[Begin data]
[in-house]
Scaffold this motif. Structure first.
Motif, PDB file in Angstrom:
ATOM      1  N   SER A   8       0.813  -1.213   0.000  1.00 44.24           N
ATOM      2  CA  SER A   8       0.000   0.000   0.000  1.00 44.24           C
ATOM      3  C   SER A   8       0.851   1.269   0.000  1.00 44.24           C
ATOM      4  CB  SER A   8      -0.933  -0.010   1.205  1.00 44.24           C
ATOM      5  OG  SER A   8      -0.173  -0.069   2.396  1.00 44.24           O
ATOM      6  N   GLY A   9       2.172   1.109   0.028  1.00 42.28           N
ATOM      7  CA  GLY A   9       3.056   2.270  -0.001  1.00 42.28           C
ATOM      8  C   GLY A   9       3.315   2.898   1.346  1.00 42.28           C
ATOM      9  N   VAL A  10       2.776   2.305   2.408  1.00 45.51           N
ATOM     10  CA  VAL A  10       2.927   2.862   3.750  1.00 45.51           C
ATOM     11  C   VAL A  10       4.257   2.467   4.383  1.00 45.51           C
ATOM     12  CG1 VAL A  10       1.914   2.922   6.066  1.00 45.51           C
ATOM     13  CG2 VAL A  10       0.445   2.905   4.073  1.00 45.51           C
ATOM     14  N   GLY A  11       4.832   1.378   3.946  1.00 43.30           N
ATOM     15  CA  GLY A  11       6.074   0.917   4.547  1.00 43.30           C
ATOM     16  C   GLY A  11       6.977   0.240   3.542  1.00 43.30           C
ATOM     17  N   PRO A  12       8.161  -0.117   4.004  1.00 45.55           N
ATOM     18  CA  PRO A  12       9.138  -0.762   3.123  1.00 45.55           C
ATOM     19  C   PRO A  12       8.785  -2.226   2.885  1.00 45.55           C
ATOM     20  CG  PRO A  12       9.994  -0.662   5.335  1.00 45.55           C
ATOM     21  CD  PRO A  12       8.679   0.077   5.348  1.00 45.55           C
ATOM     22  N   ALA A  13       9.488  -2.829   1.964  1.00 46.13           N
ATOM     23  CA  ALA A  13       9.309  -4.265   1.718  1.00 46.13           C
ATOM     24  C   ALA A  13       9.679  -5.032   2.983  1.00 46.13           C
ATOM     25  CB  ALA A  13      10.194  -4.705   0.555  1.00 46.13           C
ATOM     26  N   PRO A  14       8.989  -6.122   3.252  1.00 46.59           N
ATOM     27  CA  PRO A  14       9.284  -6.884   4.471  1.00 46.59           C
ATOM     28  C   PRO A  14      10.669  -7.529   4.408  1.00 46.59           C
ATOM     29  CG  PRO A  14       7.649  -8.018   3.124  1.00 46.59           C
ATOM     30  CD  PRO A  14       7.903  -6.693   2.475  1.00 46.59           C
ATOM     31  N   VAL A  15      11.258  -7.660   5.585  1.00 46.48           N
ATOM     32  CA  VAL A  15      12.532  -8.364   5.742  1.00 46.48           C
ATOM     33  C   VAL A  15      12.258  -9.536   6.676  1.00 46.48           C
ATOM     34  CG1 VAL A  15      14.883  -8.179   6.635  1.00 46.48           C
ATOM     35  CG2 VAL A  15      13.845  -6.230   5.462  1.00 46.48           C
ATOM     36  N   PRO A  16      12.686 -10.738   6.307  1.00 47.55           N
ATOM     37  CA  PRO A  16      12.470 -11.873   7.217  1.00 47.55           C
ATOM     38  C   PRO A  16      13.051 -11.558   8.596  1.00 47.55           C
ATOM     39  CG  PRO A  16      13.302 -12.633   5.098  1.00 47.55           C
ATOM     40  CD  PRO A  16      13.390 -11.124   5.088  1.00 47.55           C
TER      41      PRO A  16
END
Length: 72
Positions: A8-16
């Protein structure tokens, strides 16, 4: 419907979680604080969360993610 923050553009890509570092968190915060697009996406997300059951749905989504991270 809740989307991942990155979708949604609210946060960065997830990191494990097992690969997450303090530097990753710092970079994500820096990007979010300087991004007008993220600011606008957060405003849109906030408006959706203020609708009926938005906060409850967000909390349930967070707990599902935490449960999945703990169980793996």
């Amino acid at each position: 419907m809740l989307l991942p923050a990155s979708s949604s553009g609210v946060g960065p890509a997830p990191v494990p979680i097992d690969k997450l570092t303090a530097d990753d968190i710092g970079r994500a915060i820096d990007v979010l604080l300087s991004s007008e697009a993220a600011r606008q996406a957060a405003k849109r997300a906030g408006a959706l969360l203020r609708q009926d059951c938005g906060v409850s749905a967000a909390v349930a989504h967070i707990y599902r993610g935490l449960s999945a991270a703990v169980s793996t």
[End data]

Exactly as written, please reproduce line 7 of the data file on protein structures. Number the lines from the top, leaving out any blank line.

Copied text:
ATOM      4  CB  SER A   8      -0.933  -0.010   1.205  1.00 44.24           C